Books I'm reading #
War and Peace by Leo Tolstoy. I'm listening to an audiobook in Polish and I'm 16 hours in of 65 hours.
Zen and the Art of Motorcycle Maintenance: An Inquiry Into Values by Robert M. Pirsig
Grokking Algorithms An Illustrated Guide For Programmers and Other Curious People by Aditya Y. Bhargava
Books I've read #
Shop Class as Soulcraft: An Inquiry into the Value of Work by Matthew B. Crawford. I like the first part of the book. Reading philosophical take about craft and its value in our lives. It was great to read a criticism of corporate scientific management and its love/hate relationship with crafts. It's the first half of the book and that's what I can recommend.
Learn Responsive Design by Google. Pretty good course that I can recommend if you want to learn the basics of Responsive Web Design.
Elsewhere on the Web #
I can recommend this 2 part series of responses regarding the measurement of developer productivity:
- Measuring developer productivity? A response to McKinsey
- Measuring developer productivity? A response to McKinsey, Part 2
Goodhart’s Law: "When a measure becomes a target, it ceases to be a good measure."
The hardest part of building software is not coding, it’s requirements by Jared Toporek.
AI can’t create software, only code.
It's hard to say how long it will stay true, but I can agree with the argument. At least until ChatGPT will allow a context of the whole codebase. It's hard to say what will happen then.
Software engineers hate code. by Dan Cowell. I like how he puts the opinion of senior engineers about writing code. Strongly recommended. TLDR; There is much more to code than just writing it.
Fresh Work 80/15/5 by Kent Beck
- 80% of your time goes to low-risk/reasonable-reward work
- 15% of your time goes to related high-risk/high-reward work. (~6 hours a week)
- 5% of your time goes to satisfying your own curiosity with no thought of reward. Geek Joy. (~2 hours a week)
Modern Software Development Summarized by Benji Smith.
Originally titled Why I Hate Frameworks
How to Learn Better in the Digital Age by Gian Segato. A reminder that learning should be effortful and that most of our "learning" is just entertainment. If you want to learn something make it effortful e.g.: make a note in a physical notebook.
Educational Sensational Inspirational Foundational by Zach LeathermanA historical record of foundational web development blog posts (ordered chronologically).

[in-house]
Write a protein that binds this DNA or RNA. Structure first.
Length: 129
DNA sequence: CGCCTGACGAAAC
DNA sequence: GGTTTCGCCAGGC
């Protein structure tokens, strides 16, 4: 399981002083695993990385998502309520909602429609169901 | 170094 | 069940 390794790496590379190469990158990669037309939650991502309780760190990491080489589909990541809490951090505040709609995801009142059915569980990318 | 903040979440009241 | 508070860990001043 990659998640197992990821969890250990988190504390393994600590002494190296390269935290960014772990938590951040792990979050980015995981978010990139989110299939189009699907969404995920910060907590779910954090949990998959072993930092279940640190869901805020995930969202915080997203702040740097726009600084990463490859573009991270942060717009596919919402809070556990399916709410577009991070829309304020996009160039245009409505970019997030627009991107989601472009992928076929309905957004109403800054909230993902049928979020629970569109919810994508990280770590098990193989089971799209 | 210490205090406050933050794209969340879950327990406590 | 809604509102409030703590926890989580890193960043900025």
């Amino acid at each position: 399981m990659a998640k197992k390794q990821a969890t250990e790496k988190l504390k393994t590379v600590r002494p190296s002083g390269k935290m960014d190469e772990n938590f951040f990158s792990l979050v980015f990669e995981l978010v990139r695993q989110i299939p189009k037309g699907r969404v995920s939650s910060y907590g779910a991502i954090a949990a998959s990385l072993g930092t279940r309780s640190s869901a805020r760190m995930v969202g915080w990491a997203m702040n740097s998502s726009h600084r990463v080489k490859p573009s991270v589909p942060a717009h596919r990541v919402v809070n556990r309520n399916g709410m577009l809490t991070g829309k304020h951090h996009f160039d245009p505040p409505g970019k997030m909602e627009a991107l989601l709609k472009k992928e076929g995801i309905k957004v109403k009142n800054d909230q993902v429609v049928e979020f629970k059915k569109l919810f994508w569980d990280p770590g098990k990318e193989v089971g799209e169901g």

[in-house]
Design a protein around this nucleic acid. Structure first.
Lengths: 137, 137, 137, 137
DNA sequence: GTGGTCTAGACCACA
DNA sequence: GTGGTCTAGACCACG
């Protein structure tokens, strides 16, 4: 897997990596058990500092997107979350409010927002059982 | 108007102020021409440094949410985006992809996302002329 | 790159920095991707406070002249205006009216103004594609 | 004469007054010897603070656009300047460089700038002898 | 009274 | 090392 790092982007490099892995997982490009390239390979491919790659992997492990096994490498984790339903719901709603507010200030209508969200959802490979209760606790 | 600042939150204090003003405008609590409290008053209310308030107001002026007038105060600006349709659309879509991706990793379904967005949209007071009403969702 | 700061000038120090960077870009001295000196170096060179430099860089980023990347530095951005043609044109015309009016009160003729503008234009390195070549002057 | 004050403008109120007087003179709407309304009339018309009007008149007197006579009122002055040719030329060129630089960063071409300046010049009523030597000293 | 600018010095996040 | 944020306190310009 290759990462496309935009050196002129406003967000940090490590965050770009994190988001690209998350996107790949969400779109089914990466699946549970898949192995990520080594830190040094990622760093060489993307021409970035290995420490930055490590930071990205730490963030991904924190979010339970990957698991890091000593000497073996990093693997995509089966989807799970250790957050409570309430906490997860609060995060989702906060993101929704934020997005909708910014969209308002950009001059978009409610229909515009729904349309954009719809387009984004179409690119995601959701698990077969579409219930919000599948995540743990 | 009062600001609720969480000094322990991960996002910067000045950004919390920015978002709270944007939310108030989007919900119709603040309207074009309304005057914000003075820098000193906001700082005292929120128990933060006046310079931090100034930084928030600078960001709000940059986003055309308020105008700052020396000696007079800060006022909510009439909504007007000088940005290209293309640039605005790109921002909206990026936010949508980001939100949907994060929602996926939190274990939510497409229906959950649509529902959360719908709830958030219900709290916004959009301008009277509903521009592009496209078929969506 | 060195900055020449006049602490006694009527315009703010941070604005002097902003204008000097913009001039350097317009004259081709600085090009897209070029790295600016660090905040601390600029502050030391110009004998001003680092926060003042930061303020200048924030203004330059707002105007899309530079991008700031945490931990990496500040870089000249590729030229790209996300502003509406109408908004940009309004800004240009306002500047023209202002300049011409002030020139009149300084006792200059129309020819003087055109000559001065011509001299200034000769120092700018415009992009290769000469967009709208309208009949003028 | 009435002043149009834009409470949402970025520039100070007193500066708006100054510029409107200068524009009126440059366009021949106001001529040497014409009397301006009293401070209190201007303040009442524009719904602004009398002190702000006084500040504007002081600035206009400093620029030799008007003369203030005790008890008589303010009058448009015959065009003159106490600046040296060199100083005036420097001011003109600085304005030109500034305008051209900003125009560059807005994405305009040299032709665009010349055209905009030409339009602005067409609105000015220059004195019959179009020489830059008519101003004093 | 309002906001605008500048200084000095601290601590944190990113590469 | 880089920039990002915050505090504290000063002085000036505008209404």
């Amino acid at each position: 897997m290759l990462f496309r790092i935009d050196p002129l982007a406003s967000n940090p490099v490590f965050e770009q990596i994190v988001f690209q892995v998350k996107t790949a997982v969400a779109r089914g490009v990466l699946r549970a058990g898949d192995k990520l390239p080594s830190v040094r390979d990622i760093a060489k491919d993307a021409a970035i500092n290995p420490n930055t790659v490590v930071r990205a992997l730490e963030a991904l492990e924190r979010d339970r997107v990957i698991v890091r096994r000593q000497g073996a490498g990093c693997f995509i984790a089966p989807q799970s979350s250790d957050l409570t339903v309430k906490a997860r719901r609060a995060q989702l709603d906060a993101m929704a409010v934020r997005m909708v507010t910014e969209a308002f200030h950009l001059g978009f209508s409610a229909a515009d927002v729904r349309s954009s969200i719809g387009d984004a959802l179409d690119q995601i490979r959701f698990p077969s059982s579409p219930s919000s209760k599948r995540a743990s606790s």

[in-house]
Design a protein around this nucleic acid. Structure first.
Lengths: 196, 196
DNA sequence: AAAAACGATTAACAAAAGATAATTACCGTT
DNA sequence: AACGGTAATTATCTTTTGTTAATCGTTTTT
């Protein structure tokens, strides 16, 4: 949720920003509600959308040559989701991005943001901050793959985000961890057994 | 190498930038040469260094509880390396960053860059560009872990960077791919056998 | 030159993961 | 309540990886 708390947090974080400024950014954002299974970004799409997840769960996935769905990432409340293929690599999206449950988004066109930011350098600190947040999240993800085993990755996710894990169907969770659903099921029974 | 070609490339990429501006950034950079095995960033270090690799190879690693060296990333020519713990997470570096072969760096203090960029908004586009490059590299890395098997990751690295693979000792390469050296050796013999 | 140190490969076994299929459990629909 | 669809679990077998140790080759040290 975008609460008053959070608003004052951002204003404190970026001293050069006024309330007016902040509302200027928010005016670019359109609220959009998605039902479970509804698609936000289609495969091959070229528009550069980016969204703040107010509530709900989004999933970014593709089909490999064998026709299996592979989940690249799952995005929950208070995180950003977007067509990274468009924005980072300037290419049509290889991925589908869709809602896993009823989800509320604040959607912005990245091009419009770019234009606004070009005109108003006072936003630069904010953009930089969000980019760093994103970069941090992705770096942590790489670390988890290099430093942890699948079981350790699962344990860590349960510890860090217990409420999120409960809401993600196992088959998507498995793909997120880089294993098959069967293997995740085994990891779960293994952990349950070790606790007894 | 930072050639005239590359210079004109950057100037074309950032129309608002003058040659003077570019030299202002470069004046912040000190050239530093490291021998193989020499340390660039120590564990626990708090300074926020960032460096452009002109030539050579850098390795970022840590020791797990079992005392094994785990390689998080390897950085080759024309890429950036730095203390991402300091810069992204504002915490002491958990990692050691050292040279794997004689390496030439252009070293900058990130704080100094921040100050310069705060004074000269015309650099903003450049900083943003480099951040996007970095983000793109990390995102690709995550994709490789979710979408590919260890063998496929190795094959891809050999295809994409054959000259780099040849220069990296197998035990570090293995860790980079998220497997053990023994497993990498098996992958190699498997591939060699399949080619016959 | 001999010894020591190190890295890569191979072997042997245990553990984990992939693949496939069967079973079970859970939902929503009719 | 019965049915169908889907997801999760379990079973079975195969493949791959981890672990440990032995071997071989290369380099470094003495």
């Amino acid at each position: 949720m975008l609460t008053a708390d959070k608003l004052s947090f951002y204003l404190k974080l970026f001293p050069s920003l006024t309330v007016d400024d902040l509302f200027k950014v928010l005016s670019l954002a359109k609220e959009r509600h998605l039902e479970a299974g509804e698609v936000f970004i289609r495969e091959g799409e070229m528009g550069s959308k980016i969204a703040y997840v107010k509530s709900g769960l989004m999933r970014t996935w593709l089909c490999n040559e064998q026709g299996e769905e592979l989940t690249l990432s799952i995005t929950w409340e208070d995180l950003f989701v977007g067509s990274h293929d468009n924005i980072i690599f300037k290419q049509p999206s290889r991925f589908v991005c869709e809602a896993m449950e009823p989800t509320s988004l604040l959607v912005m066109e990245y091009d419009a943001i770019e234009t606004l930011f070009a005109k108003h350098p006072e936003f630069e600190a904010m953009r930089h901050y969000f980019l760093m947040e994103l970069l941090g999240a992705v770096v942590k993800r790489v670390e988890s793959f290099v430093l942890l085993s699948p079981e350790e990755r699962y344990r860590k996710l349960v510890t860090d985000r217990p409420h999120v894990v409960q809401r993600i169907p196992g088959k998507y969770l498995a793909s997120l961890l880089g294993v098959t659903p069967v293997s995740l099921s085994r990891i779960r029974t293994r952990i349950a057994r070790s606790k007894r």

The Data Don't Really Support the Most Popular Happiness Strategies by Alice Park.
In a study published July 20 in Nature Human Behavior, happiness researchers at the University of British Columbia report that for the most popular happiness strategies there is at best little solid, scientifically sound evidence—and in some cases, there is none.
From A systematic review of the strength of evidence for the most commonly recommended happiness strategies in mainstream media by Dunigan Folk & Elizabeth Dunn:
By coding media articles on happiness, we first identified the five most commonly recommended strategies:
practising mindfulness/meditation and
increasing nature exposure.
Our review suggests that a strong scientific foundation is lacking for some of the most commonly recommended happiness strategies. As the effectiveness of these strategies remains an open question, there is an urgent need for well-powered, pre-registered studies investigating strategies for promoting happiness.
Personal Thoughts #
It was my last month of vacation and will be looking for a more stable source of income starting in September. If you want to hire me then contact me at email@example.com.
I'm thinking mostly about JS (TS is fine as well) like Senior Engineer (Frontend/React) or Full-stack engineer. But, I'm also strongly thinking about a Managerial path. I have some great memories from being a Manager of a 6 person team and wouldn't mind doing it again. With hindsight, I like both programming and management so a hybrid position would be best. Something like Tech Lead, Staff, or Principal so let me know if you would like to work with me.
Losing weight #
I've lost about 8 kg (17 pounds) recently thanks to fasting:
- Monday-Wednesday. I'm doing a version of water fast where I drink a lot of coffee to keep energy.
- Thursday-Sunday. I'm doing Intermittent Fasting where I'm skipping breakfasts.
I often have a problem with limiting how much I eat when I'm eating, but on fasting days, it's pretty easy to keep myself from eating. It's a big yo-yo, but I've managed to consistently lower my weight by about 1 or 2 kg (let's say 3 pounds) every week.
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